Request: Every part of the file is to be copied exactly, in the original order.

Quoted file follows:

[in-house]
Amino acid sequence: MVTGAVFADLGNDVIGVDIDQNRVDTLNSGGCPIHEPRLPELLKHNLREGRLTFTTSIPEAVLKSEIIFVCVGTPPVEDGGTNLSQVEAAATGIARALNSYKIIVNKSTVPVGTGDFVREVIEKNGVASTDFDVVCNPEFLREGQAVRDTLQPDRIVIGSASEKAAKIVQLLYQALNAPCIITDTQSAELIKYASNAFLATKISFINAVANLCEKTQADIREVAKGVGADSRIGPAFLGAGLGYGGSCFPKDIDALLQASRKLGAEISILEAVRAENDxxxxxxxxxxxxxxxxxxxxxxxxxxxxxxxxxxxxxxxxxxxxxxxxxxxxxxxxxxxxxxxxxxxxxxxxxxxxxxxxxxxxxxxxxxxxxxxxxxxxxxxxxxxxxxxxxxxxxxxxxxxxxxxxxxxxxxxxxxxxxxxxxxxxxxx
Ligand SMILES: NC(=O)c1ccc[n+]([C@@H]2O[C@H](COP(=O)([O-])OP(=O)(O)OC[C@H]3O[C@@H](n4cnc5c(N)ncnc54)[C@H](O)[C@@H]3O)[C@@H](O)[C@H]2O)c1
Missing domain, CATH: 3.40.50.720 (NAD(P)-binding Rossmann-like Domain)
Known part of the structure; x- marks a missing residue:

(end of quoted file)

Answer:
[in-house]
Amino acid sequence: MVTGAVFADLGNDVIGVDIDQNRVDTLNSGGCPIHEPRLPELLKHNLREGRLTFTTSIPEAVLKSEIIFVCVGTPPVEDGGTNLSQVEAAATGIARALNSYKIIVNKSTVPVGTGDFVREVIEKNGVASTDFDVVCNPEFLREGQAVRDTLQPDRIVIGSASEKAAKIVQLLYQALNAPCIITDTQSAELIKYASNAFLATKISFINAVANLCEKTQADIREVAKGVGADSRIGPAFLGAGLGYGGSCFPKDIDALLQASRKLGAEISILEAVRAENDxxxxxxxxxxxxxxxxxxxxxxxxxxxxxxxxxxxxxxxxxxxxxxxxxxxxxxxxxxxxxxxxxxxxxxxxxxxxxxxxxxxxxxxxxxxxxxxxxxxxxxxxxxxxxxxxxxxxxxxxxxxxxxxxxxxxxxxxxxxxxxxxxxxxxxx
Ligand SMILES: NC(=O)c1ccc[n+]([C@@H]2O[C@H](COP(=O)([O-])OP(=O)(O)OC[C@H]3O[C@@H](n4cnc5c(N)ncnc54)[C@H](O)[C@@H]3O)[C@@H](O)[C@H]2O)c1
Missing domain, CATH: 3.40.50.720 (NAD(P)-binding Rossmann-like Domain)
Known part of the structure; x- marks a missing residue: